Quick and Dirty vs. Polished and Perfect: The Two Sides of Engineering
Every great engineer knows how to toggle between two fundamentally different, yet equally important styles of work: "Let's wing it" hacking and corporate-level "measure twice, cut once" engineering.
As more people hop onto the software engineering bandwagon just for the paycheck and lifestyle perks rather than a true-bread love for technology, certain contrasts between the "tech virtuosos" and the "clock punchers" start to stand out.
One such distinction is knowing when to flip the switch between the two engineering approaches.
Here's the scoop: Traditional paths like universities, internships, and work experiences at mega-tech companies usually only teach engineers the ways of "polished and perfect engineering".
- Don't mess things up!
- You have to be a team player. Stick to a common code style, whip up unit tests, and give your code some good documentation.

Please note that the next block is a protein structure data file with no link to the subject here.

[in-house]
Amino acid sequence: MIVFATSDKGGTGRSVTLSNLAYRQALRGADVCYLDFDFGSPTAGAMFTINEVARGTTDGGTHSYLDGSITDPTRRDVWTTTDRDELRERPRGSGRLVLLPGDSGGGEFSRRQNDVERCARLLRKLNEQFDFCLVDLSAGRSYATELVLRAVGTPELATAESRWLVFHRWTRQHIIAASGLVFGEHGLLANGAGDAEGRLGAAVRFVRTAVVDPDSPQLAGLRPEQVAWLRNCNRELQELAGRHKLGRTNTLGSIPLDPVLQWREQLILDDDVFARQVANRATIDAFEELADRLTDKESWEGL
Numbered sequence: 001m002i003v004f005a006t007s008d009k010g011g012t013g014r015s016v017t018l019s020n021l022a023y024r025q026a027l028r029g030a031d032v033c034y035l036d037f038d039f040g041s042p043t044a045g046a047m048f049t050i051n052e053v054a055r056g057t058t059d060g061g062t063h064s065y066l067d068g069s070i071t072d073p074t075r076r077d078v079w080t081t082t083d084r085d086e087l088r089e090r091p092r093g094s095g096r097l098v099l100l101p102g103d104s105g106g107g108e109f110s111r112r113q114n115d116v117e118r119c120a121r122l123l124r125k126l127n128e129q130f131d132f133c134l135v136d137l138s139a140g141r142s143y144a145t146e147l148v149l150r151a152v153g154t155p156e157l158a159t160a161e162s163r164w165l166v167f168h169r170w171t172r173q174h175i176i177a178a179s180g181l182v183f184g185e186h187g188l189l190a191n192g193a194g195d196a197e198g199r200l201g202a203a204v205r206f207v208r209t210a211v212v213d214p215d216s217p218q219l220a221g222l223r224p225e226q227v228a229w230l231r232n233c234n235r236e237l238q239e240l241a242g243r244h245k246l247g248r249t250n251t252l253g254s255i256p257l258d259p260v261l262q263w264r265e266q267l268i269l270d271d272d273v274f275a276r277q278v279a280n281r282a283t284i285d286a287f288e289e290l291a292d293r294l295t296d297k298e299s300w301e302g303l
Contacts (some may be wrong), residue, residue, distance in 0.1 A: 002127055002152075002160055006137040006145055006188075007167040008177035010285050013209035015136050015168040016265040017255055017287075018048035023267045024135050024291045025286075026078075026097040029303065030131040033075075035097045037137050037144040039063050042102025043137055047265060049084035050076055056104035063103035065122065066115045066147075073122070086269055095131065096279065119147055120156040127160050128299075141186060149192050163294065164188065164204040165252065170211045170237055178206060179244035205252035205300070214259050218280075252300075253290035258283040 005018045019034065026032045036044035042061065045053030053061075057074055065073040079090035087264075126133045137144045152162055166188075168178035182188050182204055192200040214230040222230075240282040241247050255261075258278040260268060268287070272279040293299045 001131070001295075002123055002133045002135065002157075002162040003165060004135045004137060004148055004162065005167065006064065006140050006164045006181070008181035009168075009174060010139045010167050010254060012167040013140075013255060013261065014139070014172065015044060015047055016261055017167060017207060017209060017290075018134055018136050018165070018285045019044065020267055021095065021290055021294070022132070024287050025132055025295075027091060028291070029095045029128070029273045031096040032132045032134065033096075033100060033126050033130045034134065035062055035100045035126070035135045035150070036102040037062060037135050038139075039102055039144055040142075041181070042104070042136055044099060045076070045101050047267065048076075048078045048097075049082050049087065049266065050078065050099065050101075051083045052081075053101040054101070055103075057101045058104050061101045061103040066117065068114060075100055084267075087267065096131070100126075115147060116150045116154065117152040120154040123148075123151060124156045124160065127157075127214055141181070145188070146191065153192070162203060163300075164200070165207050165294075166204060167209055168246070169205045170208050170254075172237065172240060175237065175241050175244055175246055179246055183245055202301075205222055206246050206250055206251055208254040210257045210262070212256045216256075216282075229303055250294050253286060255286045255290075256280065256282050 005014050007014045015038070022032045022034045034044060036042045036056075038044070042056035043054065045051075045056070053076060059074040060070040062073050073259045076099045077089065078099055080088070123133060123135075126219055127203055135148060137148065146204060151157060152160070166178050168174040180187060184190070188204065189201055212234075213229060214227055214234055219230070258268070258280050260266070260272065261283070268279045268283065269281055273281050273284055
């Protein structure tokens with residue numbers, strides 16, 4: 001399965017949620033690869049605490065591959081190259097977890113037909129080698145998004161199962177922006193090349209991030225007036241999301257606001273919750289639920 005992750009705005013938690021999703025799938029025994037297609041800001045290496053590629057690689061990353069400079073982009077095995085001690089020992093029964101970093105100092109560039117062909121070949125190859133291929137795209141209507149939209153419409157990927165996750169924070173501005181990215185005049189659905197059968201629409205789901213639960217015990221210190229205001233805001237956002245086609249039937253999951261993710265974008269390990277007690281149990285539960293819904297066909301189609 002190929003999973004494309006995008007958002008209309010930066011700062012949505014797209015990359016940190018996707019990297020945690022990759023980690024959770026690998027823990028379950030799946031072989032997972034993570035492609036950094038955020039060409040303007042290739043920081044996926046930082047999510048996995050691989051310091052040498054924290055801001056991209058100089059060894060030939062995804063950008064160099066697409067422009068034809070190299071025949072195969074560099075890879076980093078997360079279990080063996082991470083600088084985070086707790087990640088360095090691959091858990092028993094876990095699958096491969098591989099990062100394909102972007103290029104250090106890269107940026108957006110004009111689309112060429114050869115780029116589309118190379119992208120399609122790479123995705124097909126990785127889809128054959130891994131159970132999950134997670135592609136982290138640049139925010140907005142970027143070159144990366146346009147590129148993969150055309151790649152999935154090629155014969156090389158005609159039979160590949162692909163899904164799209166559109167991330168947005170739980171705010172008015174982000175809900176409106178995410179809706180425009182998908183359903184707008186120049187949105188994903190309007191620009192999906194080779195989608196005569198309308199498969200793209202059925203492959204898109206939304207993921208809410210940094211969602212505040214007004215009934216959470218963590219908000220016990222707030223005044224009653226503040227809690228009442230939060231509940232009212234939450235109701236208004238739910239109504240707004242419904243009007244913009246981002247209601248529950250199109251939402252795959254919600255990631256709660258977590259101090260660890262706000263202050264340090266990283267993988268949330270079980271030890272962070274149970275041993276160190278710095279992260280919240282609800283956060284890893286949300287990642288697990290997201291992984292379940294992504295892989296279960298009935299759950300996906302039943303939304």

- Your code should be a breeze to maintain and enhance.
- Long-winded commits and pull request messages? Bring 'em on.
But if programming is your hobby, chances are, you love playing around with the latest tech. You might find yourself churning out 50-100 line scripts just to test that shiny new API. Or maybe to scrape a list of rentals to snag the perfect apartment... or score the best car deal.
These are throwaway scripts that probably won't see the light of day again.
That's why many self-taught coding enthusiasts often resort to a patchwork approach to make things work... and fast.
There's a common misbelief that the "polished and perfect" style of engineering is always superior. But it's not. Tests for code that's gonna gather dust in some corner are just a waste of your time. Staging environments for pre-release software? That’s ridiculous.
If you're an engineer at an early-stage startup, being able to prototype is a golden skill.
What really sinks startups isn't ugly code. It's the failure to create something people are willing to pay for. That's why being able to prototype quickly, especially in the early stages, is super important.
The crème de la crème of engineers can do both: whip up quick and dirty prototypes, validate their concepts at breakneck speed, and then spin those ideas into top-notch production code.
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